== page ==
Later Chinese Jades: Ming Dynasty to Early Twentieth Century

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Phoenix presenting a ritual vessel, approx. 1700-1800 Nephrite © The Avery Brundage Collection
water vessel, China, approx. 1900
Group Exhibition
Later Chinese Jades: Ming Dynasty to Early Twentieth Century

200 Larkin St.
San Francisco, CA 94102
November 10th, 2007 - August 17th, 2008

Union Square/Civic Center
Tue-Wed, Fri-Sun 10-5; Thu (Jan-Oct) 10-9; Thu (Nov-Dec) 10-5; closed Mon
Chinese, jade

View 73 superb examples of later Chinese jades, presented in a special installation to coincide with the publication of a major catalogue documenting the museum’s collection.

The core of the museum’s collection of Chinese jades was donated by Avery Brundage (1887–1975), an avid and discerning collector. Brundage formed most of his collection of approximately 1200 pieces between 1935 and 1960, a time when Western study of jade was in its infancy. Over the past decades considerable new information has become available in this field, both from archaeological discoveries and from careful research of period texts and of objects for which the date and history is well established. Much of this new research has been undertaken by experts in China.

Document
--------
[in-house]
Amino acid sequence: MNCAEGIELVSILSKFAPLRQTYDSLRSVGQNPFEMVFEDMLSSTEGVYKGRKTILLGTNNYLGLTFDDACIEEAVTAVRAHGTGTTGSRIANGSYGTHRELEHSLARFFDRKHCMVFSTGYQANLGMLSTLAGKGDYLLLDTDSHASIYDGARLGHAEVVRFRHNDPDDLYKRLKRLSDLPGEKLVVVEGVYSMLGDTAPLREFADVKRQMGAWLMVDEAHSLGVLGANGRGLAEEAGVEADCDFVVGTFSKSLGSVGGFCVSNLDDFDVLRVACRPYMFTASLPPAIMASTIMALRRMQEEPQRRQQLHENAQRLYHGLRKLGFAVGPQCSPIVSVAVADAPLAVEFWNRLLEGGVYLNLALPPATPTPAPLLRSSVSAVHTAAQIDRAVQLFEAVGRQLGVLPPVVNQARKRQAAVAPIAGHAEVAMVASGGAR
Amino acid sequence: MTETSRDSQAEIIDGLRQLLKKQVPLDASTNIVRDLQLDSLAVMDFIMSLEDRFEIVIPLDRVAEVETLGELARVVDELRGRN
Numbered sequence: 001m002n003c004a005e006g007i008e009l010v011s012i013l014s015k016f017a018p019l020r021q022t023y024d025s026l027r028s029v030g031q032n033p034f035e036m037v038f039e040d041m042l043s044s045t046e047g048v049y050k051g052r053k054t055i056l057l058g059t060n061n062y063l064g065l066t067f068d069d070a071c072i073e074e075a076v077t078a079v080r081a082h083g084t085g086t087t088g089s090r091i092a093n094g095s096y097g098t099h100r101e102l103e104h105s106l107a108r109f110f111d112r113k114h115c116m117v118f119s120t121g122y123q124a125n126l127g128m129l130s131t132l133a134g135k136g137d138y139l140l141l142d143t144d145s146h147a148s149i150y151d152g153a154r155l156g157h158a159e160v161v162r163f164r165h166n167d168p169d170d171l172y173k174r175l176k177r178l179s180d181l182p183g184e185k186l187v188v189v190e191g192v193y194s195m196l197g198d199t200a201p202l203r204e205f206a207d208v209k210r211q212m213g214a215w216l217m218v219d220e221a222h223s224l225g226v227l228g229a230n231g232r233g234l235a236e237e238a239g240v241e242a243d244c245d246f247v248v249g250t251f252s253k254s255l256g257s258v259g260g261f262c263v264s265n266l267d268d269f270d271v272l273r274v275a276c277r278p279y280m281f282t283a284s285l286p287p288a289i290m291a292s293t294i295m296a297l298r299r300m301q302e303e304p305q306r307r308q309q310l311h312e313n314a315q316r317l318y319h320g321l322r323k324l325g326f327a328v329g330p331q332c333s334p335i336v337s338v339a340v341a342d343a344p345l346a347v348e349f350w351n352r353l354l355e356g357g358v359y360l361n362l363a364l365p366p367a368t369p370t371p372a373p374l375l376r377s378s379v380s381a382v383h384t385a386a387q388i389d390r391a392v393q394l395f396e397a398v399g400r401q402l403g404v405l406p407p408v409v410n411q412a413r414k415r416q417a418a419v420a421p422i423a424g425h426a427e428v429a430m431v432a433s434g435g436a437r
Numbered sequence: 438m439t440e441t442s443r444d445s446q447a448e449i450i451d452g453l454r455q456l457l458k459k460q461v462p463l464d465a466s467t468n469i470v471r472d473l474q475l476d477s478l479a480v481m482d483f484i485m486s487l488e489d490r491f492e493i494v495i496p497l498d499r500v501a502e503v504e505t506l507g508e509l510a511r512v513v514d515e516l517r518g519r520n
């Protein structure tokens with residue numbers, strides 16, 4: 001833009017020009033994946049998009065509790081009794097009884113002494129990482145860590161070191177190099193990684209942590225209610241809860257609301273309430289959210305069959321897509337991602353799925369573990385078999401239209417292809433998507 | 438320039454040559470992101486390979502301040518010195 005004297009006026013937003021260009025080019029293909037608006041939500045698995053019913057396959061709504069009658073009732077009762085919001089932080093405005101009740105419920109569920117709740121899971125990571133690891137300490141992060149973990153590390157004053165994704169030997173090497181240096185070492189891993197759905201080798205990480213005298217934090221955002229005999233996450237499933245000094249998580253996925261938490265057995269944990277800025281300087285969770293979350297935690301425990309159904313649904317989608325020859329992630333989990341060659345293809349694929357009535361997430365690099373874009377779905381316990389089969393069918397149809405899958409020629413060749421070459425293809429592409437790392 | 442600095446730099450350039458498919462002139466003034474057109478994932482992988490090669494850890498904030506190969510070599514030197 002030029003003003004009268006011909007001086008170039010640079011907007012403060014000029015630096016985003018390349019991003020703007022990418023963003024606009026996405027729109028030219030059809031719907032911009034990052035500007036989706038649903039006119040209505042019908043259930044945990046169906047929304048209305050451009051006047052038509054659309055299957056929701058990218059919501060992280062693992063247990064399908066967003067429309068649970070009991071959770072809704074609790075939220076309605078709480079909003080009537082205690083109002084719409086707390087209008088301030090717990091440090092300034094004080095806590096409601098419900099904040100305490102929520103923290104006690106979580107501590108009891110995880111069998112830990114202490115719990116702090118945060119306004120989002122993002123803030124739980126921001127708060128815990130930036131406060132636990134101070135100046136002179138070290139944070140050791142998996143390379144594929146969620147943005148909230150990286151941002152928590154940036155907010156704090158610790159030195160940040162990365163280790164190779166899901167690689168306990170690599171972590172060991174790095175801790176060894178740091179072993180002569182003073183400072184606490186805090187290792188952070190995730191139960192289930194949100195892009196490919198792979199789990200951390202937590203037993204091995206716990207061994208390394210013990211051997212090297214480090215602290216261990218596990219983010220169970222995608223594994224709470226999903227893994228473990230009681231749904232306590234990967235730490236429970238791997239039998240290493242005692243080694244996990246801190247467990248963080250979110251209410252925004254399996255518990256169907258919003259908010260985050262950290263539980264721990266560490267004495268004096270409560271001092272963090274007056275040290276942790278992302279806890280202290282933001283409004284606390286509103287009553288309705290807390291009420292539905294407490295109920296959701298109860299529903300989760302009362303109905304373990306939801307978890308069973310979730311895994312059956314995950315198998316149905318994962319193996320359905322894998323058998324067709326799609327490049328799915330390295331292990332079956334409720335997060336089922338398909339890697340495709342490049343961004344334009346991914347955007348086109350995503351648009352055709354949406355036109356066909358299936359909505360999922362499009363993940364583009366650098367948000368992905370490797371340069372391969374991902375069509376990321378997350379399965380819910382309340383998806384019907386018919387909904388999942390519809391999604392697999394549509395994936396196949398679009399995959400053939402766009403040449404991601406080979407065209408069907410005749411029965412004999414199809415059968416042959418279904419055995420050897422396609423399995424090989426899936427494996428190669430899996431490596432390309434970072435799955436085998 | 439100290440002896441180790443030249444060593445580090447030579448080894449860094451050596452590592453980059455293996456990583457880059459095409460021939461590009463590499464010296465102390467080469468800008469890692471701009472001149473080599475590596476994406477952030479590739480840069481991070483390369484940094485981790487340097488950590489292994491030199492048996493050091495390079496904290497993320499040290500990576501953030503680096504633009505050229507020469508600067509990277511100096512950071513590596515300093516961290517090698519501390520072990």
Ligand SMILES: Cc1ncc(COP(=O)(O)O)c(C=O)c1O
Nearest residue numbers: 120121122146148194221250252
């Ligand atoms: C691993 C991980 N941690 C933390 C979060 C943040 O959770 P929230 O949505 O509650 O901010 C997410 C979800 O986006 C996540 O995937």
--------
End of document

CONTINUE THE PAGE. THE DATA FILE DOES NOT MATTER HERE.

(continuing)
In 1996 the Asian Art Museum began a systematic study of the jades in the Brundage collection. This included bringing a series of experts from China to survey the collection. The first was Yang Boda, ex–deputy director of the Palace Museum, Beijing, and a world-renowned specialist on Chinese jades who spent two months conferring with the museum’s curators. Following him was Mou Yongkang, Director of the Institute of Archaeology in Zhejiang province, and then Deng Shuping, the expert in Chinese jades at the Palace Museum in Taipei.

Armed with a new understanding of Chinese jades, the museum has published a major catalogue of its later objects in this medium.

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